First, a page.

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Abducted: The Japanese Kidnapped by North Korea

EDITORIAL | North Korea Has No Future Unless It Releases All Abductees 

North Korea must be repeatedly confronted with that unalterable reality until it finally helps to resolve the abductions issue.



Kim Jong Un gives on-site guidance at the West Sea Satellite Launch Site in Dongchang-ri, North Korea. (Photo delivered in March 2022.) (©KCNA via Kyodo)

On March 27 in Tokyo, Prime Minister Fumio Kishida attended a large national rally, seeking a solution to the long-festering issue of abductions by North Korea.

He told the gathering organized by the families of abductees, "The abduction of Japanese nationals, an issue whose resolution has time constraints, is a human rights issue about which we cannot let our mindfulness dwindle for even a moment, as the families of the victims continue to age." 

Kishida added that he would like to hold high-level talks with North Korea under his direct supervision. Within that framework, he reiterated, he hopes to realize a summit meeting as soon as possible.

PM Fumio Kishida speaks at the National Rally Calling for the Immediate Return of All Abductees to Japan. May 27, 2023 in Tokyo (© Sankei by Kamoshida)

In reply, North Korean Vice Minister of Foreign Affairs Pak Sang Gil declared that the abductees problem "had already been resolved." However, he added that there is "no reason for a summit not to take place, if Japan tries to make a new decision" and seeks ways to improve relations. 

This appears to be the first time that North Korea has mentioned holding talks since January 2016, when Japan decided to strengthen its own sanctions against the country for conducting a nuclear test.

Hopefully, direct talks between the leaders of Japan and North Korea will materialize and facilitate the return of all abductees, including Megumi Yokota

The cruel and merciless kidnappings by North Korean agents brought about the abductions in the first place. Therefore, North Korea should not make demands imposing conditions for future talks. 

A large monitor reports news about North Korea's missile launch in Akihabara, Tokyo on May 31. (© Sankei by Yoshinori Saito)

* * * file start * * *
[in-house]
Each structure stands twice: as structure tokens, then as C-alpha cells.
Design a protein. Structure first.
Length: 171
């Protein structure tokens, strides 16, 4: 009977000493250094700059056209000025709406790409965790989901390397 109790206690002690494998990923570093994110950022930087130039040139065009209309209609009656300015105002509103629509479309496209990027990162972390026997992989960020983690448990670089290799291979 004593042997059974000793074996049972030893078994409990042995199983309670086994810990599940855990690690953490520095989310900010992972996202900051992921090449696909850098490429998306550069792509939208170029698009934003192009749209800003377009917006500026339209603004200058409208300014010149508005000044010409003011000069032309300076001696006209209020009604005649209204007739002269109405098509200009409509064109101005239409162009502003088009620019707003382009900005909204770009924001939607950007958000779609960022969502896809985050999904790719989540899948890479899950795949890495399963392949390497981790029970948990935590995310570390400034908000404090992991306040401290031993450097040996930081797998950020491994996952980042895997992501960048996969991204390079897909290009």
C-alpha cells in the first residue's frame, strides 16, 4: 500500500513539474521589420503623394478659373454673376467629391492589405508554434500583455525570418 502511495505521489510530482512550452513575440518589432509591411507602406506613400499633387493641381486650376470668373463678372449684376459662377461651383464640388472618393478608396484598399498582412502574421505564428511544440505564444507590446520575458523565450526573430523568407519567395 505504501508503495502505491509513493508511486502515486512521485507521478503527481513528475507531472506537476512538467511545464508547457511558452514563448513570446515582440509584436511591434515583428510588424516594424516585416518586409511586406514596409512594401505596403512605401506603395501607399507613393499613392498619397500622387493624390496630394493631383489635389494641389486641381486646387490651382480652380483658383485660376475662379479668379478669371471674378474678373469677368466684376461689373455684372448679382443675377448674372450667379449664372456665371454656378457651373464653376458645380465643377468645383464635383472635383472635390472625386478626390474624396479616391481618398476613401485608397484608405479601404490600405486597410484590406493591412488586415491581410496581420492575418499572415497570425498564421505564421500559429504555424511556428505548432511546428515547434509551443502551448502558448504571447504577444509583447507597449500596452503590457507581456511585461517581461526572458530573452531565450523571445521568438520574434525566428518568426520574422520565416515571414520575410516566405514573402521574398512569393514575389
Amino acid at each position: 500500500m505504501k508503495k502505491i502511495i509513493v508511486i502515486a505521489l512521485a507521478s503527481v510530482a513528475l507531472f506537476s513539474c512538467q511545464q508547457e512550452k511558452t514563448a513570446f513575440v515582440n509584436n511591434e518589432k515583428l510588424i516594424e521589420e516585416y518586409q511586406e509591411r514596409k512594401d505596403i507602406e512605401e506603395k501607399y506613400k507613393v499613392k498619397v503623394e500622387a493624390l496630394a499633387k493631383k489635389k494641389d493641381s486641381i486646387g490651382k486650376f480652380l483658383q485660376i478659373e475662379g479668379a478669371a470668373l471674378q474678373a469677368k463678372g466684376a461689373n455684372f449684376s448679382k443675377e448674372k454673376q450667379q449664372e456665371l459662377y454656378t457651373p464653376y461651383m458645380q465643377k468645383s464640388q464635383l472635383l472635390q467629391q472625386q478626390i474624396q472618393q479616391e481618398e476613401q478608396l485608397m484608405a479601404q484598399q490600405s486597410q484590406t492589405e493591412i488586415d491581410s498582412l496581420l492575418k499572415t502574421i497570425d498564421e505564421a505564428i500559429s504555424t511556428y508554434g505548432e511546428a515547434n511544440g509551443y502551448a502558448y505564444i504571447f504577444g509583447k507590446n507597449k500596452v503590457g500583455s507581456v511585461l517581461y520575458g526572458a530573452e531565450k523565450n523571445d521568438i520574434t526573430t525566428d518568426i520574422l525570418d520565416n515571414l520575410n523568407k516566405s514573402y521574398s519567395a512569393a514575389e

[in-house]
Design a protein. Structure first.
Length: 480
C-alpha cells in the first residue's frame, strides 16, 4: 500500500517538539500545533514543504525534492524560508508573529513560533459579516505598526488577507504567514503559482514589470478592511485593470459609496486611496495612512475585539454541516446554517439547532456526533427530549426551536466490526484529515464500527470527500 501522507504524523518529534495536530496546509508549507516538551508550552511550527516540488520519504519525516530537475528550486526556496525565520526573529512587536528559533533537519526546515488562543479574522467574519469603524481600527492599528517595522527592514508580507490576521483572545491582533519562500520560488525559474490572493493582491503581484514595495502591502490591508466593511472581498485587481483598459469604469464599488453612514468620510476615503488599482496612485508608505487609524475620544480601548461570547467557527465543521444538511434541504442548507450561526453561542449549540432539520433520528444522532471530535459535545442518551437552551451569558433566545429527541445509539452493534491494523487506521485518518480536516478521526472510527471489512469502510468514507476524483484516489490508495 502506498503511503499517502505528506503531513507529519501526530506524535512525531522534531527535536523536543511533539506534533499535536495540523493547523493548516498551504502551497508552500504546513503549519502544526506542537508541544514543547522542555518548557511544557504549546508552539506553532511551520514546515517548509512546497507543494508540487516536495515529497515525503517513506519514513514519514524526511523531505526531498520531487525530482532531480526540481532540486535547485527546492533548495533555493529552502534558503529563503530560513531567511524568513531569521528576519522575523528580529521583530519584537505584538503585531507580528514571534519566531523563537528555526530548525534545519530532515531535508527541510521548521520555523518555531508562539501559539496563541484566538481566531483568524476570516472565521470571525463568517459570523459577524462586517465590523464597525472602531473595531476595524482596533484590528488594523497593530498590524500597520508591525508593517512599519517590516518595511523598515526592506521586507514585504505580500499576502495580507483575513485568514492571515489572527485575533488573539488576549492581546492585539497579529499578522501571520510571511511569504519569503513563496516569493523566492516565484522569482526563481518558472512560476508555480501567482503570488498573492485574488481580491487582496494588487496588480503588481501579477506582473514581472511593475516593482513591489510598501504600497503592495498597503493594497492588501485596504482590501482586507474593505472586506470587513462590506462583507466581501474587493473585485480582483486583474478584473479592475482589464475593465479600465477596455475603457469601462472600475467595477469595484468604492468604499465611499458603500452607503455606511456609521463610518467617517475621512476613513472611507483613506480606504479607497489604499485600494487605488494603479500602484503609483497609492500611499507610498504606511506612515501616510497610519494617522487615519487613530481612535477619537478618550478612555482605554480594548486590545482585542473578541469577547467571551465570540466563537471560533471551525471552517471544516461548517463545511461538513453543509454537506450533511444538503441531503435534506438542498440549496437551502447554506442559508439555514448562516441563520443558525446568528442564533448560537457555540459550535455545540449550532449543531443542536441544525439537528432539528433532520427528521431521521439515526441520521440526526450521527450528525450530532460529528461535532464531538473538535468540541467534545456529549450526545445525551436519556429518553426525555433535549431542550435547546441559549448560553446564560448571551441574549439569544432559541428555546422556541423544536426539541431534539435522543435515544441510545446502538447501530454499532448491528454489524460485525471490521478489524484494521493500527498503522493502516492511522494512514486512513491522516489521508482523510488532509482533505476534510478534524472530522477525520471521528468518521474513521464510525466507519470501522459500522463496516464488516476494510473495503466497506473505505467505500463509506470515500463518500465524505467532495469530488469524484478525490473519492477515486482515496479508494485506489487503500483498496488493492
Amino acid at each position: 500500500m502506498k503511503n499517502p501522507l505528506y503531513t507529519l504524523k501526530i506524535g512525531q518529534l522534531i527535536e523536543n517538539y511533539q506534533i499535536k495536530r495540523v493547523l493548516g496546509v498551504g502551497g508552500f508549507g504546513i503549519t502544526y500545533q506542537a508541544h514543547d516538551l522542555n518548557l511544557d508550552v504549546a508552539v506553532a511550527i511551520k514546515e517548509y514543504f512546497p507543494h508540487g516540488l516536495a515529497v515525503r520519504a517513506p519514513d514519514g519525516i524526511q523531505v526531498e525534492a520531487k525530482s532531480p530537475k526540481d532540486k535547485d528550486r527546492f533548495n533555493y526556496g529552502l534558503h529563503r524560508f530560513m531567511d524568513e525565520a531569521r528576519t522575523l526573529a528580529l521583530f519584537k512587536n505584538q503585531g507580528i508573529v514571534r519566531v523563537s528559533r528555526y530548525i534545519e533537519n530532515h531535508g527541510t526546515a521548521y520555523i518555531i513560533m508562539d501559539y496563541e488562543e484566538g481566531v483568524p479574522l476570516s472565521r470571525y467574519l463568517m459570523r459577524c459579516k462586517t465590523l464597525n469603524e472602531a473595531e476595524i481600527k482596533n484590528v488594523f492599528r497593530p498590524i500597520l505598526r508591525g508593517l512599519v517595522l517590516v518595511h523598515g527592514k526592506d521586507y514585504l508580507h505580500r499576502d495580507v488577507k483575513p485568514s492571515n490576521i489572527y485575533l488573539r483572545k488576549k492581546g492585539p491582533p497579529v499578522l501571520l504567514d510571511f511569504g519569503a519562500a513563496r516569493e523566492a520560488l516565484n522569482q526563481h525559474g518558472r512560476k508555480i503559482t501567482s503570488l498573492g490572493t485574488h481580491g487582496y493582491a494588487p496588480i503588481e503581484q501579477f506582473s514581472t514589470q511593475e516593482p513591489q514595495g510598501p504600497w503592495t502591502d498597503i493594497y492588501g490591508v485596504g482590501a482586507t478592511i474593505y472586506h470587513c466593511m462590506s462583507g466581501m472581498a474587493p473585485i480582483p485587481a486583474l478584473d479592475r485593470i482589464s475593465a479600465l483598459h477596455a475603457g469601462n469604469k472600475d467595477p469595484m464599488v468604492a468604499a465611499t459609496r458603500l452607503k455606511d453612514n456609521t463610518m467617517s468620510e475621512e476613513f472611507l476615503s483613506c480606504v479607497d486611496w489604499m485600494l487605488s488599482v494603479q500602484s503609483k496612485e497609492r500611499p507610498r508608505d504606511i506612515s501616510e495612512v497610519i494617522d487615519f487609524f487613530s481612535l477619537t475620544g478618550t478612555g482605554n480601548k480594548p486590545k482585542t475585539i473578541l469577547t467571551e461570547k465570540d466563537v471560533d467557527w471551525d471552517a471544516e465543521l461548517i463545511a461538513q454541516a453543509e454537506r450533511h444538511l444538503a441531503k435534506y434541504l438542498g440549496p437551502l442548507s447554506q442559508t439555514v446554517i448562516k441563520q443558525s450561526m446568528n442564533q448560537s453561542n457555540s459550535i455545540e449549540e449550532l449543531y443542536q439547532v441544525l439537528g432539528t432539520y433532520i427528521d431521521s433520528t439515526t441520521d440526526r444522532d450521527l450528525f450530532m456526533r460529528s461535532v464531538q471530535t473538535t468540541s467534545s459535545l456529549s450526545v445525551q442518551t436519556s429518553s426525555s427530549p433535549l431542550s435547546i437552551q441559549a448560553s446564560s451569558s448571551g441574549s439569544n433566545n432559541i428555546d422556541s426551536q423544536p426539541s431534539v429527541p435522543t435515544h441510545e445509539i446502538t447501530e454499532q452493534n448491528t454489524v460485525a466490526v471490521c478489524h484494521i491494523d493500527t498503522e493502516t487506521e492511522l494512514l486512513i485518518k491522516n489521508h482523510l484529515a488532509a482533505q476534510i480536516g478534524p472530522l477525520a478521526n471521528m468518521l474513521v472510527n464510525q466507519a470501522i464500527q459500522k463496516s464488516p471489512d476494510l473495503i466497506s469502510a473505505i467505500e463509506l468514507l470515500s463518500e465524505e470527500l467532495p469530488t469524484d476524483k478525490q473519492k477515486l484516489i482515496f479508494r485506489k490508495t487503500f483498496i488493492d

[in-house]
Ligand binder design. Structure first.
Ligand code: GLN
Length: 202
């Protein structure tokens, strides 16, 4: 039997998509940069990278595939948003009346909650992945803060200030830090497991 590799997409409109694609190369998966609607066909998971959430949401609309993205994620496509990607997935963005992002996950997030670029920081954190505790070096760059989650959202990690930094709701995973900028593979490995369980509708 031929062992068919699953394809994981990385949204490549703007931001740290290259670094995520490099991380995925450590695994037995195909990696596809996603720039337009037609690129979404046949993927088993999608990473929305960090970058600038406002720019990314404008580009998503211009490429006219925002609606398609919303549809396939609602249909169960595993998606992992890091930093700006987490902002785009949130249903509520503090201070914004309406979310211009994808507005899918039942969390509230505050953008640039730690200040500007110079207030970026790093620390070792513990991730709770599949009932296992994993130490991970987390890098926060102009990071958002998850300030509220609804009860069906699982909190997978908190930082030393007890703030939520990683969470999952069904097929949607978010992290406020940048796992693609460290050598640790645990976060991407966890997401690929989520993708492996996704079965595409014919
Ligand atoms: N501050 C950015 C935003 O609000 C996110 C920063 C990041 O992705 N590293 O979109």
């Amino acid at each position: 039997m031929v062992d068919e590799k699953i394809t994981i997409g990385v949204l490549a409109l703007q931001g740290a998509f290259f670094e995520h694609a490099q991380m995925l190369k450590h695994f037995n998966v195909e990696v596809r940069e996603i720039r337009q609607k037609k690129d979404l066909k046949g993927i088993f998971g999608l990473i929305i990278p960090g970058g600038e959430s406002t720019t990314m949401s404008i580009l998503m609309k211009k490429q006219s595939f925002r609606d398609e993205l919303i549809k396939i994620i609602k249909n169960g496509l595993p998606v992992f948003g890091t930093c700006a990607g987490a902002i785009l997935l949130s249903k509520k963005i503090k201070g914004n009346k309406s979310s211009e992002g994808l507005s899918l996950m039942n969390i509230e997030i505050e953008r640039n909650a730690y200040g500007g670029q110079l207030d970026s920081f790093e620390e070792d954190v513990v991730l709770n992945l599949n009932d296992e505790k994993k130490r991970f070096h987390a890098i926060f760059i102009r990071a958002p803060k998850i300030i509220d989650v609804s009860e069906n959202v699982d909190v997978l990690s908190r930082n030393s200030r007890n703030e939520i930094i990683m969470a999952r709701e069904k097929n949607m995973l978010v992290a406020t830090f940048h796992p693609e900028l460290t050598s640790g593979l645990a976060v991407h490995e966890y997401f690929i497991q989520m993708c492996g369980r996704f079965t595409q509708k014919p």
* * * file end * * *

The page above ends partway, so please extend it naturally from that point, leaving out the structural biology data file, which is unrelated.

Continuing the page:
Pyongyang's Consecutive Missile Launches

Meanwhile, Pyongyang has notified Japan that it will launch a "satellite" between May 31 and June 11. Although it speaks of a satellite, Pyongyang's main goal is to launch a ballistic missile. That is an outrageous violation of United Nations Security Council resolutions.

Chief Cabinet Secretary Hirokazu Matsuno announced the missile launch. "Japan recognizes that a missile may pass through Japanese territory, including the Nansei Islands," he said. Defense Minister Yasukazu Hamada has issued an order to the Self-Defense Forces, authorizing them to shoot down any missile threatening Japanese territory.

It is always the North Korean side that kills the momentum for a Japan-North Korea summit. Blithely, it continues to ignore the fact that it has perpetrated crimes. It must finally come to realize that it will never enjoy prosperity as a nation if it continues on the path of isolation. This should start by halting the military provocation of launching missiles.

Sakie Yokota speaks at a national rally calling for the return of North Korean abductees. Prime Minister Kishida is the second from the right in the front row on the podium on May 27 in Tokyo.

Resolving the Abductions Will Help North Korea

In February 2023, the organization of Japanese families of abductees adopted a new position. They said that they would not oppose the Japanese government providing humanitarian assistance to Pyongyang if the "immediate return to Japan of all abductees at the same time" is realized.

The fact that the families have adopted this new policy shows how desperate these relatives are to help finally resolve this issue. They, more than anyone else, feel loathing and anger toward the North Korean regime. However, they realize that time is running out as both the abductees and their families grow steadily older. 

North Korea is likewise subject to time constraints. North Korea must realize that resolution of the abductions issue is its last opportunity to return to the international community.


Absent a resolution of the abductee issue, North Korea has no future. Pyongyang must be repeatedly confronted with that unalterable reality. 


(Read the editorial in Japanese.)

Author: Editorial Board, The Sankei Shimbun

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